Do TEL: Professors learn new teaching technologies

The Faculty of Arts is offering a course for all York instructors interested in learning how to use new technologies  to enhance their lectures and student learning.

The course title, Arts do TEL, refers to the goal of helping professors “do” technology-enhanced learning (TEL). Instructors with minimal Web experience are shown how to transform a regular lecture into one that uses the Web to enhance teaching. And because the course combines online units, online discussion and weekly face-to-face workshops (right), instructors experience Web-based learning first hand – and get important insight into the student perspective.

Faculty of Arts instructors who participate in Arts do TEL are granted priority technical support and a half-course release from teaching to allow them time to develop their new skills. In return, participants are asked to share their knowledge about TEL and its effect on their teaching.

“The do TEL program is an excellent opportunity to engage with both the theory and practice of teaching in the computer age, and I strongly recommend it to anyone who is interested to explore the innovative possibilities of the new technology,” said social science Prof. James Sheptycki.

Kinesiology and health science Prof. Frances Flint says the course’s focus on student learning helped her develop her teaching skills. “The challenge to be more student-centred in pedagogy, to encourage critical thinking skills and to engage students in the learning process has brought freshness to my teaching,” she said. “Enhancing learning through technology applies equally to students and faculty.”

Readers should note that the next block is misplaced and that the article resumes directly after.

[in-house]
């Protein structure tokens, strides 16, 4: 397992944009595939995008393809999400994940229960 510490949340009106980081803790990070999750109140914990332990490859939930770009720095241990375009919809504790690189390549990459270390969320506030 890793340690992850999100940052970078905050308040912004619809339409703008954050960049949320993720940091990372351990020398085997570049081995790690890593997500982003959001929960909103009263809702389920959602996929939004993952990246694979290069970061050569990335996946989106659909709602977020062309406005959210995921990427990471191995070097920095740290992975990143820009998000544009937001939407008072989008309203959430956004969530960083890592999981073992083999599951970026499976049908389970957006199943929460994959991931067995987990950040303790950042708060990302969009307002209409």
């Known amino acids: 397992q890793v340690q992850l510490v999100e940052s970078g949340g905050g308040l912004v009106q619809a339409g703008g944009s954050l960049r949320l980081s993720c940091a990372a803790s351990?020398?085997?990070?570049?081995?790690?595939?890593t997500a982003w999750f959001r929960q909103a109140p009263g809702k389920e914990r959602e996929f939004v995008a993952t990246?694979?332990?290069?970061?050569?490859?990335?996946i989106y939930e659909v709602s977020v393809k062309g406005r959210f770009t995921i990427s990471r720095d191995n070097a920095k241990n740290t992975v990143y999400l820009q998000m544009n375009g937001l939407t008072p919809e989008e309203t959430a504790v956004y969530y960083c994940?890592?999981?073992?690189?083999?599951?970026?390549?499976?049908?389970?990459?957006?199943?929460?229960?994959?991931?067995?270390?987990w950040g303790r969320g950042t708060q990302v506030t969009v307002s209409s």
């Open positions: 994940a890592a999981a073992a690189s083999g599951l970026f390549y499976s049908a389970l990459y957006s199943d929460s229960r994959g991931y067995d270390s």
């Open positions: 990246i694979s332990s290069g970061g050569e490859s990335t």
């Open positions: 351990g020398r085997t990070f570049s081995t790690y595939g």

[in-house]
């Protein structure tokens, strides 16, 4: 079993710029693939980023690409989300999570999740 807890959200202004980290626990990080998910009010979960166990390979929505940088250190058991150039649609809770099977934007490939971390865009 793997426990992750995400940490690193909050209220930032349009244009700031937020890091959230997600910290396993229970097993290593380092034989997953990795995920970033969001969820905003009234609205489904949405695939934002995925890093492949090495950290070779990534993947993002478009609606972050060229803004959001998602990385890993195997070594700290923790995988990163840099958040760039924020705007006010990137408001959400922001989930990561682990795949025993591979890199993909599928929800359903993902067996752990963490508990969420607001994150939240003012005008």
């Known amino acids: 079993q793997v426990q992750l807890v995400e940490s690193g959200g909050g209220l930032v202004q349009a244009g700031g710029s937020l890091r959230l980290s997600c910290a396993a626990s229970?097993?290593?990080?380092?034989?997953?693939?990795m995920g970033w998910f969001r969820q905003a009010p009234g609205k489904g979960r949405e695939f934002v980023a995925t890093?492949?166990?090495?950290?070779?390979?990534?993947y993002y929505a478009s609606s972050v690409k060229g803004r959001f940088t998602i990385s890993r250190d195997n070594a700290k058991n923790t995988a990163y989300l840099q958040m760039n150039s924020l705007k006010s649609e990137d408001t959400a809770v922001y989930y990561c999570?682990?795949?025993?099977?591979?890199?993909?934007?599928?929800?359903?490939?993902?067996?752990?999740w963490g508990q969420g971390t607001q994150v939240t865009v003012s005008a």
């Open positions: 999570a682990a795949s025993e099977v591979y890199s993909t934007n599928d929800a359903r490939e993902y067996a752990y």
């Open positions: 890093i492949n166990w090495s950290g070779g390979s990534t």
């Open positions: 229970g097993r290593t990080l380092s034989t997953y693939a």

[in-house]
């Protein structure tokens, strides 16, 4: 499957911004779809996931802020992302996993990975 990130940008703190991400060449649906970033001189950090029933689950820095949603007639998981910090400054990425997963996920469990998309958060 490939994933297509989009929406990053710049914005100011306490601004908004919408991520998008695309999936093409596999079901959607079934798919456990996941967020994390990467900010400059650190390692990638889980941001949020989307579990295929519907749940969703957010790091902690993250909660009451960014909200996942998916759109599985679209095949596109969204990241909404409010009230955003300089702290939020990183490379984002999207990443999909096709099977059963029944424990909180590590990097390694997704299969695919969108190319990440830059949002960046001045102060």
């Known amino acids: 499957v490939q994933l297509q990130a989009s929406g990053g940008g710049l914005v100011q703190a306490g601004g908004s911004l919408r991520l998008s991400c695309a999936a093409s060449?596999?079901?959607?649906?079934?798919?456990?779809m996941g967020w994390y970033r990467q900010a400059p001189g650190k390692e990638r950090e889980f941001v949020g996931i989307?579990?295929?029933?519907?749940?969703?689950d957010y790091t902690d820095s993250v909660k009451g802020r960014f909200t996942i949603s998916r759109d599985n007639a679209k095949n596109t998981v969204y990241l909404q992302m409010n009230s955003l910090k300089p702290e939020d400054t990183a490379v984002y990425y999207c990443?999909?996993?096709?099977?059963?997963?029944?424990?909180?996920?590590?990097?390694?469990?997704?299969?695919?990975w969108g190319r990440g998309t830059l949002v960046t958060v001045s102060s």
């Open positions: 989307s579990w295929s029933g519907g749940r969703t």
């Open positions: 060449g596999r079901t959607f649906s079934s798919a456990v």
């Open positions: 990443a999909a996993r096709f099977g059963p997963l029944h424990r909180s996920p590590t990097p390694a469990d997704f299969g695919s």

Instructors from other faculties have also benefited from the course. Associate Vice-President, Academic and Biology Prof. Rod Webb said, “The do TEL program was a wonderful opportunity for me to learn of methods and processes by which I could plan to transform my course from a more typical science lecture and lab format to a pedagogically sound, blended online and face-to-face experience for my students,” he said. “The introduction of methodologies that encourage increased student interaction and interactive experiences for me as the instructor was most welcome…I was very encouraged by what I learned and fully expect my course and the experiences of my students to be transformed.”

Arts do TEL is designed and delivered by York’s Centre for the Support of Teaching and Academic Technology Services. It is hosted by Avi Cohen, TEL initiatives adviser in the Faculty of Arts.

For more information, visit the Arts do TEL Web site. Deadline for applications for the fall 2005 course is June 30.

This story was submitted to YFile by Arlene Williams, researcher and writer, Faculty of Arts.